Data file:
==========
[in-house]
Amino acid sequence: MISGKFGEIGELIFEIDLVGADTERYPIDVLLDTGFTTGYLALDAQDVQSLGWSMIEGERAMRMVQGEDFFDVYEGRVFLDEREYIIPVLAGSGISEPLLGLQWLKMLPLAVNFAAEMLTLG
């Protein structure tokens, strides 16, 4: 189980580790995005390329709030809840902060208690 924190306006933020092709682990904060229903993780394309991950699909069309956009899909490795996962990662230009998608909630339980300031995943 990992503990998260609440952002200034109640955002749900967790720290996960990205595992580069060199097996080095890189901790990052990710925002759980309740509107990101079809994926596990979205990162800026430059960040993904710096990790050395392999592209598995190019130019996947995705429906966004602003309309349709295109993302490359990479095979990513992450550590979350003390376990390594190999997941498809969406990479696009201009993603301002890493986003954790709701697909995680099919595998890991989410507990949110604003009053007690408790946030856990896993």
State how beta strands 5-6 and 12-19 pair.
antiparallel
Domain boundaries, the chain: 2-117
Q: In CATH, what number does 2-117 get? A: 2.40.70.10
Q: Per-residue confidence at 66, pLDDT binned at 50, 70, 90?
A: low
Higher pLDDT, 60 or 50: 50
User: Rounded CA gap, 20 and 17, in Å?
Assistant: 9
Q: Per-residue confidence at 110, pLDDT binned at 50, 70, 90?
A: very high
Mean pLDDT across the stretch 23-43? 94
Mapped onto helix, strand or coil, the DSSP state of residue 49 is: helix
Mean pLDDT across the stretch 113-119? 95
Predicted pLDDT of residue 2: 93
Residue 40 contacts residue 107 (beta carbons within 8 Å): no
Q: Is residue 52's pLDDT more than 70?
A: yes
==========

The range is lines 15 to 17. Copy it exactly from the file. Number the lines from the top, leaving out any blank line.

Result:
Mean pLDDT across the stretch 23-43? 94
Mapped onto helix, strand or coil, the DSSP state of residue 49 is: helix
Mean pLDDT across the stretch 113-119? 95